The AMBER care bundle for hospital inpatients with uncertain recovery nearing the end of life: the ImproveCare feasibility cluster RCT.
Health Technol Assess
National Institute for Health Research
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Koffman, J., Yorganci, E., Murtagh, F., Yi, D., Gao, W., Barclay, S., Pickles, A., et al. (2019). The AMBER care bundle for hospital inpatients with uncertain recovery nearing the end of life: the ImproveCare feasibility cluster RCT.. Health Technol Assess, 23 (55), 1-150. https://doi.org/10.3310/hta23550
BACKGROUND: Patients admitted to hospital with a terminal illness and uncertain recovery often receive inconsistent care and do not have the opportunity to die in their preferred place of death. Previous end-of-life care packages, such as the Liverpool Care Pathway for the Dying Patient, have sometimes been badly implemented. The AMBER (Assessment; Management; Best practice; Engagement; Recovery uncertain) care bundle was developed to remedy this. It has not been evaluated in a randomised trial, but a definitive trial would face many hurdles. OBJECTIVE: To optimise the design of and determine the feasibility of a pragmatic, multicentre, cluster randomised controlled trial of the AMBER care bundle compared with best standard care. DESIGN: A feasibility cluster randomised controlled trial including semistructured interviews with patients and relatives, focus groups with health-care professionals, non-participant observations of multidisciplinary team meetings, a standard care survey, heat maps and case note reviews. Retrospective data were collected from the family or close friends of deceased patients via a bereavement survey. SETTING: Four general medical wards at district general hospitals in England. PARTICIPANTS: There were 65 participants (control, n = 36; intervention, n = 29). There were 24 interviews, four focus groups, 15 non-participant meeting observations, six case note reviews and three heat maps, and 15 of out 23 bereavement, standard care surveys were completed. INTERVENTION: The AMBER care bundle is implemented by a nurse facilitator. It includes the development and documentation of a medical plan, consideration of outcomes, resuscitation and escalation status and daily plan revisiting. The AMBER care bundle encourages staff, patients and families to talk openly about their preferences and priorities should the worst happen. MAIN OUTCOME MEASURES: Two 'candidate' primary outcomes were selected to be evaluated for a future definitive trial: Integrated Palliative care Outcome Scale patient/family anxiety and communication subscale and 'howRwe'. The secondary outcome measures were Integrated Palliative care Outcome Scale symptoms, Australian-modified Karnofsky Performance Status scale, EuroQol-5 Dimensions, five-level version, Client Service Receipt Inventory, recruitment rate, intervention fidelity and intervention acceptability. RESULTS: Data were collected for 65 patients. This trial was not powered to measure clinical effectiveness, but variance and changes observed in the Integrated Palliative care Outcome Scale subscale indicated that this measure would probably detect differences within a definitive trial. It was feasible to collect data on health, social and informal care service use and on quality of life at two time points. The AMBER care bundle was broadly acceptable to all stakeholders and was delivered as planned. The emphasis on 'clinical uncertainty' prompted health-care professional awareness of often-overlooked patients. Reviewing patients' AMBER care bundle status was integrated into routine practice. Refinements included simplifying the inclusion criteria and improving health-care professional communication training. Improvements to trial procedures included extending the time devoted to recruitment and simplifying consent procedures. There was also a recommendation to reduce data collected from patients and relatives to minimise burden. LIMITATIONS: The recruitment rate was lower than anticipated. The inclusion criteria for the trial were difficult to interpret. Information sheets and consent procedures were too detailed and lengthy for the target population. Health-care professionals' enthusiasm and specialty were not considered while picking trial wards. Participant recruitment took place later during hospital admission and the majority of participants were lost to follow-up because they had been discharged. Those who participated may have different characteristics from those who did not. CONCLUSIONS: This feasibility trial has demonstrated that an evaluation of the AMBER care bundle among an acutely unwell patient population, although technically possible, is not practical or feasible. The intervention requires optimisation. TRIAL REGISTRATION: Current Controlled Trials ISRCTN36040085. National Institute for Health Research (NIHR) Portfolio registration number 32682. FUNDING: This project was funded by the NIHR Health Technology Assessment programme and will be published in full in Health Technology Assessment; Vol. 23, No. 55. See the NIHR Journals Library website for further project information.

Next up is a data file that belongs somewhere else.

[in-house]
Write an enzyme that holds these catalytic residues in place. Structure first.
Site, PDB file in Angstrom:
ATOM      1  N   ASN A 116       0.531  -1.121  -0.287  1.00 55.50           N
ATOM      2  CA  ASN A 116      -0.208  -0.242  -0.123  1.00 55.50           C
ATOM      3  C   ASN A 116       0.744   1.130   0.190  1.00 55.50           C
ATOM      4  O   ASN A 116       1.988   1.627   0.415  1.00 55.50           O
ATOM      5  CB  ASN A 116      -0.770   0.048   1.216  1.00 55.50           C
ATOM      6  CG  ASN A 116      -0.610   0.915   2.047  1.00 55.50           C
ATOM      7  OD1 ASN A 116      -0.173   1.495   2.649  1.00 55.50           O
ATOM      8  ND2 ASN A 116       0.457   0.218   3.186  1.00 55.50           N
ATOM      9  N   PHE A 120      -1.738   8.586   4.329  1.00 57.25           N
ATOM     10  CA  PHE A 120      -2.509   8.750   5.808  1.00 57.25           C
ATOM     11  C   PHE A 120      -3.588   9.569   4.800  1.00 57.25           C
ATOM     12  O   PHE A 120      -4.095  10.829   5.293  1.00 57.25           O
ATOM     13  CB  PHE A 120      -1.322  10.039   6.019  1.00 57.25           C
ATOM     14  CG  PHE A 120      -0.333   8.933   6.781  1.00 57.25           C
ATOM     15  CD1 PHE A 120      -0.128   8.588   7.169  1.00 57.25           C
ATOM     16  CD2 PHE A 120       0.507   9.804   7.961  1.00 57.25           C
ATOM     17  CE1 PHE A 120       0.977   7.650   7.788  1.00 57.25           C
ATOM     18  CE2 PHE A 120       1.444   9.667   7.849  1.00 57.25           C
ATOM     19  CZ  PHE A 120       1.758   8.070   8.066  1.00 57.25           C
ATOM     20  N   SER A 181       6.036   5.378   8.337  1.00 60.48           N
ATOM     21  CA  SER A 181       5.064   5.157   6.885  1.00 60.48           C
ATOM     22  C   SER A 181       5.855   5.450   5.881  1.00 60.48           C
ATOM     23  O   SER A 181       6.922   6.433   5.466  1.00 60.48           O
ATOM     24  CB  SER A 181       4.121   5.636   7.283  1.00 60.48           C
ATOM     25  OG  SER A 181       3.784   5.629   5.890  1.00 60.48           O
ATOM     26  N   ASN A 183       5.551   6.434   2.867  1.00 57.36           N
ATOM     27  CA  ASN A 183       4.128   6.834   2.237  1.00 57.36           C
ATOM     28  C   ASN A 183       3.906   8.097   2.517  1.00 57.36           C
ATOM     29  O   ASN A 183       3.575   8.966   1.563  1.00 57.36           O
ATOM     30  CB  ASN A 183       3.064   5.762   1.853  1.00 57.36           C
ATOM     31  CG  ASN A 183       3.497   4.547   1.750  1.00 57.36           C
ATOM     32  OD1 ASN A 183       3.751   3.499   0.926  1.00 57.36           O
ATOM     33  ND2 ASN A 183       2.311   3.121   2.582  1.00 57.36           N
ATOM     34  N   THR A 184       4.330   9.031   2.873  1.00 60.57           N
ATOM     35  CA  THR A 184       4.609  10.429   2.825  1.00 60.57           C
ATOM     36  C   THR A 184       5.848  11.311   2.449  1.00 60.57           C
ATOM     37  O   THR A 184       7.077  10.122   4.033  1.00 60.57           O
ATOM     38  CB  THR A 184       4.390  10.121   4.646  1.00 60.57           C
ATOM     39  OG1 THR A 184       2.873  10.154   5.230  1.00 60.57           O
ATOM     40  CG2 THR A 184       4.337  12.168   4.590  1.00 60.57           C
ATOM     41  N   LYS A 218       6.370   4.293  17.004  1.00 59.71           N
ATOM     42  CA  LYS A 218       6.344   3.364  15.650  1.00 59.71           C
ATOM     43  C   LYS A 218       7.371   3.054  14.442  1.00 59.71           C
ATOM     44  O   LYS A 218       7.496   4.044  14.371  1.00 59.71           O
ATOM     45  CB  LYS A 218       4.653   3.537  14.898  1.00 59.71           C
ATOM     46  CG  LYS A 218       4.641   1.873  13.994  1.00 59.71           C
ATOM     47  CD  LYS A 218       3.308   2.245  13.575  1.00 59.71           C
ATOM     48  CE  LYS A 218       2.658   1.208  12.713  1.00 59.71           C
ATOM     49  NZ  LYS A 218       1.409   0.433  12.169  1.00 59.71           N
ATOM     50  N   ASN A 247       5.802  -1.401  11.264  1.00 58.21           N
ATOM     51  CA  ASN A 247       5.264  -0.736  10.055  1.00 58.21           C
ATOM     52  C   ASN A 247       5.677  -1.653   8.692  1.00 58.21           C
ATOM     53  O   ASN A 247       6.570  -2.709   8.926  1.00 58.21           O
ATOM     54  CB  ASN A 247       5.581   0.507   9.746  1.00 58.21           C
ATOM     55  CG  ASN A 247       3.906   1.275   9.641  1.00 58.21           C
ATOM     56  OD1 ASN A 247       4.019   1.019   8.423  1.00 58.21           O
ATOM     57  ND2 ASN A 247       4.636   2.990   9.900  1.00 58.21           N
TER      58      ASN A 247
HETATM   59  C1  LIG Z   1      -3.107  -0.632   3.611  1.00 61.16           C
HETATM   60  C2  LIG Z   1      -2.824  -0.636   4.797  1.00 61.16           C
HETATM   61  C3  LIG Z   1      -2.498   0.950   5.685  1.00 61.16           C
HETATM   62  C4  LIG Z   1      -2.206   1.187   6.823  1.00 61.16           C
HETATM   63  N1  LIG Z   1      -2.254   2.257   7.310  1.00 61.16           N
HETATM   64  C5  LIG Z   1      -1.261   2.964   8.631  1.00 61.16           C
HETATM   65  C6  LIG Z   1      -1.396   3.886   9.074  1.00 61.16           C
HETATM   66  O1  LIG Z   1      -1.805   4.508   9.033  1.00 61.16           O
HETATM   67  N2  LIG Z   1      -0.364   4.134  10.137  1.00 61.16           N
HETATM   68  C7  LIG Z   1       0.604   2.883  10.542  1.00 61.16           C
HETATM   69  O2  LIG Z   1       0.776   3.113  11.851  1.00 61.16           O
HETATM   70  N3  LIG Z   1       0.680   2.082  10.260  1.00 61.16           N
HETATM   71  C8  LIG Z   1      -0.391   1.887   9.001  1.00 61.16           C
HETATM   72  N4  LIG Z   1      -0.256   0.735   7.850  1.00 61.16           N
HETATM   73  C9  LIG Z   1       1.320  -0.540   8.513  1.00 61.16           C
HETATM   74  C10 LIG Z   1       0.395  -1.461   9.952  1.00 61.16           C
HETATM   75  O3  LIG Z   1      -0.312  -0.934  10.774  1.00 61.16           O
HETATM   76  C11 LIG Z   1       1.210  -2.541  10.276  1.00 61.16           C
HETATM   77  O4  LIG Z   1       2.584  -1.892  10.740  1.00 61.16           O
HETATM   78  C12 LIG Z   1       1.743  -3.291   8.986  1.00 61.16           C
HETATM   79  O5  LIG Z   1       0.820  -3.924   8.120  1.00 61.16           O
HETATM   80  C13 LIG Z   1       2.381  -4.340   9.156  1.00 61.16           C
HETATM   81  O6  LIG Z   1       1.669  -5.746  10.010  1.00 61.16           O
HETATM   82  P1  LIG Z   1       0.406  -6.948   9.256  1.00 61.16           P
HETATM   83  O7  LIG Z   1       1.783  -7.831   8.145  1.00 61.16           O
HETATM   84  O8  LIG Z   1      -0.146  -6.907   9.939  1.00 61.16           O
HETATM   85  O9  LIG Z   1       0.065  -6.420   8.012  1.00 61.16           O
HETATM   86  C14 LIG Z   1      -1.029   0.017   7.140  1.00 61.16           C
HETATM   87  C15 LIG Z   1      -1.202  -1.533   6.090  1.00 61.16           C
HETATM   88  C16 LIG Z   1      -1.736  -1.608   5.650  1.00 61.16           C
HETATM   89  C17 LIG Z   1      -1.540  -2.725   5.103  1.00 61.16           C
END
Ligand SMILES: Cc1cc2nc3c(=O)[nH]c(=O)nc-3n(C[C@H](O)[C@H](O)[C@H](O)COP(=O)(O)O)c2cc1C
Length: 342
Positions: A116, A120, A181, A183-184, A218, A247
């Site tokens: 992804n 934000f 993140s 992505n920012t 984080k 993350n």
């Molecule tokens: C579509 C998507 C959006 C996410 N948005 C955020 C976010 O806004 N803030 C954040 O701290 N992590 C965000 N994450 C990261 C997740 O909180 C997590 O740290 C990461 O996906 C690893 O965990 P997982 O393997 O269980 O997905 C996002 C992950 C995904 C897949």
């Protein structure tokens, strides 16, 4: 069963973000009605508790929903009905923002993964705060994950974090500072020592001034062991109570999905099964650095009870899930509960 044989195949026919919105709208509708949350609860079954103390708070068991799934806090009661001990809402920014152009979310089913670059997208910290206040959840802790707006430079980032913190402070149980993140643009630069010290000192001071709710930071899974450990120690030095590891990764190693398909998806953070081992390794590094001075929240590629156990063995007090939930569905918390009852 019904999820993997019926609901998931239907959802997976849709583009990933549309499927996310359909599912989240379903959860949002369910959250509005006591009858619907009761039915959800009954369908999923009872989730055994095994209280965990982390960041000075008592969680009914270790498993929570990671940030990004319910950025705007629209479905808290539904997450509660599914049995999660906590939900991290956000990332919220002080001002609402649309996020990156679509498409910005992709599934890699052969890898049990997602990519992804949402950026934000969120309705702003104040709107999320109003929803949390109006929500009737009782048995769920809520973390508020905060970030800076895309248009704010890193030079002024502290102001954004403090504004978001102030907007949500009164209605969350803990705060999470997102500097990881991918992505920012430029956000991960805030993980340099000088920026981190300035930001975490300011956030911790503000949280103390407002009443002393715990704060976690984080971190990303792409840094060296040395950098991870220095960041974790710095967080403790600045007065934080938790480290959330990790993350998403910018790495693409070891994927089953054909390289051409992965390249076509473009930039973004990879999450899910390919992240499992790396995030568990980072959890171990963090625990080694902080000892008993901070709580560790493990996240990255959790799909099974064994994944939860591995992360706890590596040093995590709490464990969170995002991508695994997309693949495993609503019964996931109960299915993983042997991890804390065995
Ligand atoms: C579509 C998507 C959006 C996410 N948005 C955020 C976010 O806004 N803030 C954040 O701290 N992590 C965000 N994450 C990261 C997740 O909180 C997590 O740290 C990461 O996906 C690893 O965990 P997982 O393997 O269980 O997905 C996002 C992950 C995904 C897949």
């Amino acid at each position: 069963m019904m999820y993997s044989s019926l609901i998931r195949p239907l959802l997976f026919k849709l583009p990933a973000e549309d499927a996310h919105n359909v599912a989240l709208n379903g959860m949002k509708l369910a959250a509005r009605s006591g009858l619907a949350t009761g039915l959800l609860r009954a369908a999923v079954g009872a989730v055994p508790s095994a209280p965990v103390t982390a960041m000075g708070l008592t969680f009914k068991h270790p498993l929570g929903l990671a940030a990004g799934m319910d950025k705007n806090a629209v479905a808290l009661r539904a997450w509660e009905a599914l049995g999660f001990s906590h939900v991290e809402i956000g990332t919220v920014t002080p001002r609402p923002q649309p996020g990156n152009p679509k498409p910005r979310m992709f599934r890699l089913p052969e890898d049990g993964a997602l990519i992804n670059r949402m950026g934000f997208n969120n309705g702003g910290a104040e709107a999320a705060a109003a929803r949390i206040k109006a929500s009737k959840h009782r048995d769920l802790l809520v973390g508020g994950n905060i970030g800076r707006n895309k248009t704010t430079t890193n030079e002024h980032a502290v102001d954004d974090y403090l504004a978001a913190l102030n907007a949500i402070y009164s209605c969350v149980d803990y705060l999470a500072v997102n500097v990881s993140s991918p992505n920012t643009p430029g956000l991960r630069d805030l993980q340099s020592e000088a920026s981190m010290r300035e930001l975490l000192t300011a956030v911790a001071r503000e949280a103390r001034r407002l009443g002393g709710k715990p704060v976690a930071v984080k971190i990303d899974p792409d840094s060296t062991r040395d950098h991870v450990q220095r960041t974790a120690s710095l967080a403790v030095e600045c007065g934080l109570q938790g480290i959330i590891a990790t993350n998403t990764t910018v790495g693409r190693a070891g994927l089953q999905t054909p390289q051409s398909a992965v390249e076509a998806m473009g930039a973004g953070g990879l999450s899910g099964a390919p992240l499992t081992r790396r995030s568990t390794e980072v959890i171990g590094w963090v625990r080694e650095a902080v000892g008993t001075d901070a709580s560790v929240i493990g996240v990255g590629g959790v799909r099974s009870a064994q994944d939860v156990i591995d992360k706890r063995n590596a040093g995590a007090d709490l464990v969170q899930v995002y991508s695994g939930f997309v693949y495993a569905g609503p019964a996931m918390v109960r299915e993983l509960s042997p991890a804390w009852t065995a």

Humans, Hospitalization, Terminal Care, Focus Groups, Cluster Analysis, Uncertainty, Feasibility Studies, Qualitative Research, Aged, Aged, 80 and over, Middle Aged, Inpatients, England, Female, Male, Interviews as Topic, Patient Care Bundles
External DOI: https://doi.org/10.3310/hta23550
This record's URL: https://www.repository.cam.ac.uk/handle/1810/297959
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